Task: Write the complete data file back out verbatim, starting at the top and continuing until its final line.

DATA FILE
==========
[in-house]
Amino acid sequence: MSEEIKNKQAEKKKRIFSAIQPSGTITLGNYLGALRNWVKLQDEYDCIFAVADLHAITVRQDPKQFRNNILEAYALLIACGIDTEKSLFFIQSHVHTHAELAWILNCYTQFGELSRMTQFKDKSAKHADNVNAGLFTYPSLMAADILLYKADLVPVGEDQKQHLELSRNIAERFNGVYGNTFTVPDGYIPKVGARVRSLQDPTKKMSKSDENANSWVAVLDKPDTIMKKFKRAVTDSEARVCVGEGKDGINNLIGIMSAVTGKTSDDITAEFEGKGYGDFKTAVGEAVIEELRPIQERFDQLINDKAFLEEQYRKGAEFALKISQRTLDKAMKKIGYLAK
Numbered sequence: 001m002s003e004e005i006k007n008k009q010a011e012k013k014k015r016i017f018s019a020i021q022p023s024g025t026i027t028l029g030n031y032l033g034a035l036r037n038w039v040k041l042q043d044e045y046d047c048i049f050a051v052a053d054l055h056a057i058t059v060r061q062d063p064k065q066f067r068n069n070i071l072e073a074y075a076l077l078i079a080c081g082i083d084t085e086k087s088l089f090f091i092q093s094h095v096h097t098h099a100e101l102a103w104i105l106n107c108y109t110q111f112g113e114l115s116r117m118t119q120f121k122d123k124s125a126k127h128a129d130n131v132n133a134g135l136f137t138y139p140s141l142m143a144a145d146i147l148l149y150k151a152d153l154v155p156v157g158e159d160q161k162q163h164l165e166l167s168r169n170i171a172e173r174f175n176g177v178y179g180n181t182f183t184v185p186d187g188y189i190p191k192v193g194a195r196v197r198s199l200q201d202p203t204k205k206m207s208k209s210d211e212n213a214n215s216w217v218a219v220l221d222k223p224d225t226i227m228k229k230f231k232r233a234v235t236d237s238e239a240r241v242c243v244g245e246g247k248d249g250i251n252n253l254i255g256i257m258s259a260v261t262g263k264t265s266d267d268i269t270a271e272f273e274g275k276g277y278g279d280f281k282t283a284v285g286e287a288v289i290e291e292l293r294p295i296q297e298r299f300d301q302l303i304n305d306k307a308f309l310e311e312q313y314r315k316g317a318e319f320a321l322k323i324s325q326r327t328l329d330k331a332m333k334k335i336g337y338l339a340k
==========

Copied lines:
[in-house]
Amino acid sequence: MSEEIKNKQAEKKKRIFSAIQPSGTITLGNYLGALRNWVKLQDEYDCIFAVADLHAITVRQDPKQFRNNILEAYALLIACGIDTEKSLFFIQSHVHTHAELAWILNCYTQFGELSRMTQFKDKSAKHADNVNAGLFTYPSLMAADILLYKADLVPVGEDQKQHLELSRNIAERFNGVYGNTFTVPDGYIPKVGARVRSLQDPTKKMSKSDENANSWVAVLDKPDTIMKKFKRAVTDSEARVCVGEGKDGINNLIGIMSAVTGKTSDDITAEFEGKGYGDFKTAVGEAVIEELRPIQERFDQLINDKAFLEEQYRKGAEFALKISQRTLDKAMKKIGYLAK
Numbered sequence: 001m002s003e004e005i006k007n008k009q010a011e012k013k014k015r016i017f018s019a020i021q022p023s024g025t026i027t028l029g030n031y032l033g034a035l036r037n038w039v040k041l042q043d044e045y046d047c048i049f050a051v052a053d054l055h056a057i058t059v060r061q062d063p064k065q066f067r068n069n070i071l072e073a074y075a076l077l078i079a080c081g082i083d084t085e086k087s088l089f090f091i092q093s094h095v096h097t098h099a100e101l102a103w104i105l106n107c108y109t110q111f112g113e114l115s116r117m118t119q120f121k122d123k124s125a126k127h128a129d130n131v132n133a134g135l136f137t138y139p140s141l142m143a144a145d146i147l148l149y150k151a152d153l154v155p156v157g158e159d160q161k162q163h164l165e166l167s168r169n170i171a172e173r174f175n176g177v178y179g180n181t182f183t184v185p186d187g188y189i190p191k192v193g194a195r196v197r198s199l200q201d202p203t204k205k206m207s208k209s210d211e212n213a214n215s216w217v218a219v220l221d222k223p224d225t226i227m228k229k230f231k232r233a234v235t236d237s238e239a240r241v242c243v244g245e246g247k248d249g250i251n252n253l254i255g256i257m258s259a260v261t262g263k264t265s266d267d268i269t270a271e272f273e274g275k276g277y278g279d280f281k282t283a284v285g286e287a288v289i290e291e292l293r294p295i296q297e298r299f300d301q302l303i304n305d306k307a308f309l310e311e312q313y314r315k316g317a318e319f320a321l322k323i324s325q326r327t328l329d330k331a332m333k334k335i336g337y338l339a340k